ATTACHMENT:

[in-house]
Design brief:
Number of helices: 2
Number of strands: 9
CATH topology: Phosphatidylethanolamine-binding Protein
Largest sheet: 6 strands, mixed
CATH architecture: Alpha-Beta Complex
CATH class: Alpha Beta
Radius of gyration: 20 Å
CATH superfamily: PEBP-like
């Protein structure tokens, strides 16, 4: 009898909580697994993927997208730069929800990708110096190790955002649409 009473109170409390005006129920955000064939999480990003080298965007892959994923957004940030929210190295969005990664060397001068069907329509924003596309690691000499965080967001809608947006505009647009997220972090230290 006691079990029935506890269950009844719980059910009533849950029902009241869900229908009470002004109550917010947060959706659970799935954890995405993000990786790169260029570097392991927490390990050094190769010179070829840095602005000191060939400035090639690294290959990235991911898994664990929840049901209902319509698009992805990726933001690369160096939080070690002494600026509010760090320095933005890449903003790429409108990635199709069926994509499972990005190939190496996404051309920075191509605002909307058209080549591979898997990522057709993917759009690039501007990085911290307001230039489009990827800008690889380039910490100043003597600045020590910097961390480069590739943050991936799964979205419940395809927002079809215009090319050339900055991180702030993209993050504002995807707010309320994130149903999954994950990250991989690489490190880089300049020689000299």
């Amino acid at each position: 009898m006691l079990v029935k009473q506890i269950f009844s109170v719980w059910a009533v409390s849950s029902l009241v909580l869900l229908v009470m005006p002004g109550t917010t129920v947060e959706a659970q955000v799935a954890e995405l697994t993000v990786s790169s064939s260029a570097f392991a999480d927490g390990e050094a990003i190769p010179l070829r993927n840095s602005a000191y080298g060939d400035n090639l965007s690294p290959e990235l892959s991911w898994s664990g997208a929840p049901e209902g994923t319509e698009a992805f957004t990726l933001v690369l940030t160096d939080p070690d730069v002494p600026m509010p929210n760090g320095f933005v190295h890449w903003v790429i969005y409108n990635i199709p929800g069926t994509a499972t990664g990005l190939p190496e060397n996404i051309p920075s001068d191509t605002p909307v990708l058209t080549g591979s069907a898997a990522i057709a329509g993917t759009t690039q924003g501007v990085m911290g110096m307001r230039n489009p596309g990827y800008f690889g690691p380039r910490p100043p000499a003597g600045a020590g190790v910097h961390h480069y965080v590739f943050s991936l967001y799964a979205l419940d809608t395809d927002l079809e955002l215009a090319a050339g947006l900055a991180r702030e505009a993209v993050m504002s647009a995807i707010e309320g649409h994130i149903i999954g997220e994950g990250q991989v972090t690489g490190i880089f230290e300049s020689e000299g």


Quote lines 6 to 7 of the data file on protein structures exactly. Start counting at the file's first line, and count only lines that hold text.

Largest sheet: 6 strands, mixed
CATH architecture: Alpha-Beta Complex